Attorney General Ken Paxton returns to work after acquittal, what happens now?

Texas Attorney General Ken Paxton returned to work on Monday after his impeachment trial acquittal over the weekend.

Paxton was suspended after the Texas House voted to impeach him in May, but on Saturday the Texas Senate jurors cleared him of any wrongdoing.

The attorney general took a victory lap on social media after his acquittal, posing with fans at Sunday's Cowboys game and thanking former president Donald Trump and others for their support.


Ken Paxton slams 'sham' impeachment 'coordinated by the Biden Administration' after acquittal

After being acquitted on all articles of impeachment brought against him in an historic trial, Texas Attorney General Ken Paxton said it was a "sham impeachment coordinated by the Biden Administration" in a statement.

While Paxton won in a political court, he is still facing an FBI investigation and a state criminal indictment, where the jury won't be politicians.

"I think in an impeachment proceeding in the Texas Senate you could very well get a political result that has nothing to do with the facts," said John Helms, a former federal prosecutor. "But if the facts strongly show that he's guilty of bribery and other types of misconduct. I think that a jury of regular folks who's been through the jury selection process is much more likely to find him guilty than a Republican Texas Senate."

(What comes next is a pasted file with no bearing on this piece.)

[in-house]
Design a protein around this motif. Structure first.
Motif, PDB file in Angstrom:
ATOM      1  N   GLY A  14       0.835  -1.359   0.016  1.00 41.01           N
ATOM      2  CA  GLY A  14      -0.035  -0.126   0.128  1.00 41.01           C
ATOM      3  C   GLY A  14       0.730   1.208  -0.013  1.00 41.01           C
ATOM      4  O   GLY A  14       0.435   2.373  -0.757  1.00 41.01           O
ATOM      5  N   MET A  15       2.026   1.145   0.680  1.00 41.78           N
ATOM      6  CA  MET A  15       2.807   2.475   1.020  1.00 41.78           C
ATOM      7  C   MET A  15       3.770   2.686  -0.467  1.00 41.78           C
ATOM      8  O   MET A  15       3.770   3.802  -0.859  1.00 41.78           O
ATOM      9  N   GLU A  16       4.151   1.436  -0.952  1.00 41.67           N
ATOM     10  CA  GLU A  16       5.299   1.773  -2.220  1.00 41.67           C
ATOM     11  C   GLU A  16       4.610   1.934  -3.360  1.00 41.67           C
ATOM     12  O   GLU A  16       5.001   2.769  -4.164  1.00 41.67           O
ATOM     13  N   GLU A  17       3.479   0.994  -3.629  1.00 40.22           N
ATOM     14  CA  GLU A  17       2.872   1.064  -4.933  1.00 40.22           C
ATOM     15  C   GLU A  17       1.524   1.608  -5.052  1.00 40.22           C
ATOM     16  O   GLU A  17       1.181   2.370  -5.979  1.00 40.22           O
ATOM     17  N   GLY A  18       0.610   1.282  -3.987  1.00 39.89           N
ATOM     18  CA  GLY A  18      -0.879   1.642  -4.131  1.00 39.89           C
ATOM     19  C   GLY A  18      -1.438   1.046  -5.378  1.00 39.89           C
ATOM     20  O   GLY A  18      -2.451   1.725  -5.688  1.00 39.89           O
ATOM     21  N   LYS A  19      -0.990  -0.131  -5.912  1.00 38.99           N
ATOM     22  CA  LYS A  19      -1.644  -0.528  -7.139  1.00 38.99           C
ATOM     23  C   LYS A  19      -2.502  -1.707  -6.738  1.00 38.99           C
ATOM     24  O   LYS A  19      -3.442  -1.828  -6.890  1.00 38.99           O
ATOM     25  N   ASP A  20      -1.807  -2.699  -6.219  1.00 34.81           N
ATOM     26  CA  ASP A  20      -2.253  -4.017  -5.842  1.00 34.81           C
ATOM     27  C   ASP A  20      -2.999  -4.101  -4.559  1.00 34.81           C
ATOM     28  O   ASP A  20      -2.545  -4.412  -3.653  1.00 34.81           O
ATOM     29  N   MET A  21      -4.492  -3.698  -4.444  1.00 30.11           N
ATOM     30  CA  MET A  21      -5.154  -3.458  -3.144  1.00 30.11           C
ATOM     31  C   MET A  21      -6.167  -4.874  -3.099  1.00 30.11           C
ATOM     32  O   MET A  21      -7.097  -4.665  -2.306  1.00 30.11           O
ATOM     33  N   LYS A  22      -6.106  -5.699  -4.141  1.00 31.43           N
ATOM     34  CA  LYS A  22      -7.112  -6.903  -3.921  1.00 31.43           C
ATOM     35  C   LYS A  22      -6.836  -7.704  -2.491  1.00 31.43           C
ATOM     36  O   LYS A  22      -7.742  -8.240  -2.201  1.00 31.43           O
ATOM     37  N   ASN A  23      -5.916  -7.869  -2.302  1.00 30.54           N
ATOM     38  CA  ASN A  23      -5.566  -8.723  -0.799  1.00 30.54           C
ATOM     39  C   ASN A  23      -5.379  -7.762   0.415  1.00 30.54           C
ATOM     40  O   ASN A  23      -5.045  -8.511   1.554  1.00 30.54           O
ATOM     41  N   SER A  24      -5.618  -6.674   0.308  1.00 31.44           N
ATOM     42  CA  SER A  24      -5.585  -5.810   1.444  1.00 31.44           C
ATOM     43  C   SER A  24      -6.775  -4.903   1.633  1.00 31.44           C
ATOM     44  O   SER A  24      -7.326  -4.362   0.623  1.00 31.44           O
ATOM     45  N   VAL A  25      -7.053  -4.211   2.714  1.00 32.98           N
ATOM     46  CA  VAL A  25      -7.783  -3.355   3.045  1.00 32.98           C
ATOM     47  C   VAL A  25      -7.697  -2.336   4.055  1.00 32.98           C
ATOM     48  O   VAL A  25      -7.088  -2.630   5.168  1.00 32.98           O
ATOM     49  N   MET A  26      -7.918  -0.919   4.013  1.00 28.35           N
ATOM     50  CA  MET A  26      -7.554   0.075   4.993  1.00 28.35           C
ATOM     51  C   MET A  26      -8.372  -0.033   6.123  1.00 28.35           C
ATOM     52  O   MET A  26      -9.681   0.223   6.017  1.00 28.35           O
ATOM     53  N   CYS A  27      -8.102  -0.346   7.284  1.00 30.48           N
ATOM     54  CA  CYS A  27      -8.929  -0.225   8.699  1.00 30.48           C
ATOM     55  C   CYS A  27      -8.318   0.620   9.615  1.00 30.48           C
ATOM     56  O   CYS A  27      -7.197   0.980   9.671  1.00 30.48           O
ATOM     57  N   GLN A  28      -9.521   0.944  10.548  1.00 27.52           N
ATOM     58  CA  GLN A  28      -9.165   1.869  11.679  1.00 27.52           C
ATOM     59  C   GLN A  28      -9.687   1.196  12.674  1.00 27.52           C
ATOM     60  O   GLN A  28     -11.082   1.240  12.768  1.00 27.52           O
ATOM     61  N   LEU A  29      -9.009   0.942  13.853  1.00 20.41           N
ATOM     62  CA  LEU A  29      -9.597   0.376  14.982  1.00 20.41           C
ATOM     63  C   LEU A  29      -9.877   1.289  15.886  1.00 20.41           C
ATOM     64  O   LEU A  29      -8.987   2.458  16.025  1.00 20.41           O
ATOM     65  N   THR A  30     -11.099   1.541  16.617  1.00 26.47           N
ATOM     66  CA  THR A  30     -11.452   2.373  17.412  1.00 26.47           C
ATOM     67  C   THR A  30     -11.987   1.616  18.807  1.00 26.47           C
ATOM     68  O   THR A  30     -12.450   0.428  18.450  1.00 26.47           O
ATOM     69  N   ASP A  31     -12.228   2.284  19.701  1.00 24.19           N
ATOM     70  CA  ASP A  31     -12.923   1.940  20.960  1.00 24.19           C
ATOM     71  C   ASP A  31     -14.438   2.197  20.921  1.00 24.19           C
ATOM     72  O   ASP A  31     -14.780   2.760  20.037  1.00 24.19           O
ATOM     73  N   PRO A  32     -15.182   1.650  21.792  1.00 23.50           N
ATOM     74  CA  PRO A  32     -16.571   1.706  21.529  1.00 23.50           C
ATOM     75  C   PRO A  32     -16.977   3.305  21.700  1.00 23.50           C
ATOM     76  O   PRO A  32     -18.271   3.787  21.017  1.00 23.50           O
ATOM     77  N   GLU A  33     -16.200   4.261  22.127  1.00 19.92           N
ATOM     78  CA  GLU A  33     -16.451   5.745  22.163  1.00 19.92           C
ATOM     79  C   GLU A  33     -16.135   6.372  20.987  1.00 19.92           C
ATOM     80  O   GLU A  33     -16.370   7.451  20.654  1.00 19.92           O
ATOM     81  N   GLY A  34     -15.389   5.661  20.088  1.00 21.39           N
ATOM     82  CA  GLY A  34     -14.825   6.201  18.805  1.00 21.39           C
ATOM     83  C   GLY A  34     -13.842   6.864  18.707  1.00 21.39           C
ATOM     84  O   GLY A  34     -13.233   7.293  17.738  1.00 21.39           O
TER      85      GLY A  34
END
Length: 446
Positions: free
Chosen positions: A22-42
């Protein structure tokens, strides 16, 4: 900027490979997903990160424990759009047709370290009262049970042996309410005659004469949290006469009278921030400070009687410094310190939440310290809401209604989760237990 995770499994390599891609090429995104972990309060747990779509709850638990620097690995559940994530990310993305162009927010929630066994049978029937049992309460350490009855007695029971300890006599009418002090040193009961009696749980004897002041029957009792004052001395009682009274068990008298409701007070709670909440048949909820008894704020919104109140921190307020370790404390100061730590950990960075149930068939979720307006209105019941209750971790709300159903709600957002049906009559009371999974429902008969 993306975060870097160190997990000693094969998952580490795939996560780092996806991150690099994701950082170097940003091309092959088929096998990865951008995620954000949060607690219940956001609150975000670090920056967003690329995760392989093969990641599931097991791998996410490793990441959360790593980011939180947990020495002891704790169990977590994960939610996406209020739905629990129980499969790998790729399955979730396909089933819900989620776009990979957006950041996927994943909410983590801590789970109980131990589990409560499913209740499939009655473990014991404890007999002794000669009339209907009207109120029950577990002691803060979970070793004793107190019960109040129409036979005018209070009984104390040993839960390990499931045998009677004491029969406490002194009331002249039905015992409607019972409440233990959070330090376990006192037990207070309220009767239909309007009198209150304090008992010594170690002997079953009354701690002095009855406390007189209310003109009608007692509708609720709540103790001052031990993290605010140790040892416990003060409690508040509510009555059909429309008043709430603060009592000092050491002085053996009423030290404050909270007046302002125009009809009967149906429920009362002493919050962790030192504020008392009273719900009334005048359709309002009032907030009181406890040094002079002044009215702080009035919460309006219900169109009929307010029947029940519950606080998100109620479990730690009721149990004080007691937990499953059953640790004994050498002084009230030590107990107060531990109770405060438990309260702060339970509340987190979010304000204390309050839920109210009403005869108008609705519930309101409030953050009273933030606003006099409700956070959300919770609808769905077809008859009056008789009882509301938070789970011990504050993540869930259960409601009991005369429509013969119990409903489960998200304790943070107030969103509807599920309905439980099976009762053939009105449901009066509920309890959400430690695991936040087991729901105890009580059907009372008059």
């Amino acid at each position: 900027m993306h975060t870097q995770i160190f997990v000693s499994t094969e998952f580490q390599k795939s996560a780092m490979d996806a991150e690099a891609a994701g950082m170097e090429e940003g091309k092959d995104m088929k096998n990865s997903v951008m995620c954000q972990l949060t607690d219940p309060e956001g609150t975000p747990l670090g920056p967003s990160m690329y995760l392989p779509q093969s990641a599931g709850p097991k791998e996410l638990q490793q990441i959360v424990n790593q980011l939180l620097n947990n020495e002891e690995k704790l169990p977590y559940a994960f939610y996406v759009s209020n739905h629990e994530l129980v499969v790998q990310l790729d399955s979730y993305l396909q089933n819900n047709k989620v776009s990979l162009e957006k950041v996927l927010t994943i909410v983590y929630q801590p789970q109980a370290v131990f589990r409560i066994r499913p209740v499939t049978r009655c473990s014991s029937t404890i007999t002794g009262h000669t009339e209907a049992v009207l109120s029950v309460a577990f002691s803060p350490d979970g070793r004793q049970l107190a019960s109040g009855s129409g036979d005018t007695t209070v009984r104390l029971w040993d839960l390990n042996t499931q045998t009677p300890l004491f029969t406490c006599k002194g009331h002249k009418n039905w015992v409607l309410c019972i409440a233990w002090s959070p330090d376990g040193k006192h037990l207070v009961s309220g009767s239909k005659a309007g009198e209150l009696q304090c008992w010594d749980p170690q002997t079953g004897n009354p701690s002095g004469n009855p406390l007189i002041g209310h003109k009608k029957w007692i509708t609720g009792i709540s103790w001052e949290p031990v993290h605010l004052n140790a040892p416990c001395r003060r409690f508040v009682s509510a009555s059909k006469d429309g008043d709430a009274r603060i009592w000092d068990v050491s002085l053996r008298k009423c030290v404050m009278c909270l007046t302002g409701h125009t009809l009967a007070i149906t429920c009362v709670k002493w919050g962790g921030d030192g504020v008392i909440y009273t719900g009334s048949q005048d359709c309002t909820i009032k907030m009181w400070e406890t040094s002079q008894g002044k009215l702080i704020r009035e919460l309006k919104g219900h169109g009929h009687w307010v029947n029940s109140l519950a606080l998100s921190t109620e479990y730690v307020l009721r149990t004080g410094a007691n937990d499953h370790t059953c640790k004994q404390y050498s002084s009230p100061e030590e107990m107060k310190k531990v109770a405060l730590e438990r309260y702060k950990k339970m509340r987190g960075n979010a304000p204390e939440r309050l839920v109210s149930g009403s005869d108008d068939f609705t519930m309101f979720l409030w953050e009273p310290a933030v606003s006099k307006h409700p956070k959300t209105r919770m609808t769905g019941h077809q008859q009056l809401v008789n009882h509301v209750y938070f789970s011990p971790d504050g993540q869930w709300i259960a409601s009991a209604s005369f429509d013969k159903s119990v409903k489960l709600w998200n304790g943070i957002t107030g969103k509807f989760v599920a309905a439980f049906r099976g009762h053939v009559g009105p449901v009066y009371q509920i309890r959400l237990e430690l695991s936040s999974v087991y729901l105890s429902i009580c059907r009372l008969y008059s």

Paxton is still awaiting trial on securities fraud charges from a 2015 indictment.

The case was recently moved from Collin County to Houston.

Paxton has also been under FBI investigation since 2020, although no charges have been files in that case.

Helms says the testimony in the two-week impeachment trial was closely watched by those looking into Paxton allegations.

"I think that anybody who's investigating someone who is in a trial, is going to be carefully watching what happens in the trial because even if the trial only peripherally touches on their investigation, like the securities fraud, I think they will still want to know what kinds of positions Ken Paxton is taking in this case, and they will want to see what his defenses are," he said.

Paxton never testified in the impeachment trial.

Helms says that was a smart strategy by his lawyers to prevent possible problems for him in criminal court.

While Paxton beat similar allegations in the Texas Senate, Helms cautions this does not guarantee an acquittal in a criminal court.

"They're not going to be pressured by their party or anything like that, and frankly, they can vote to acquit or convict based on whatever they want in a jury trial. You've got regular citizens," said Helms.

FOX 4 reached out to the Attorney General's office to see if Paxton had any comment, but they have not gotten back to us.

Paxton said on social media that he will be in Maine this week doing an interview with Tucker Carlson.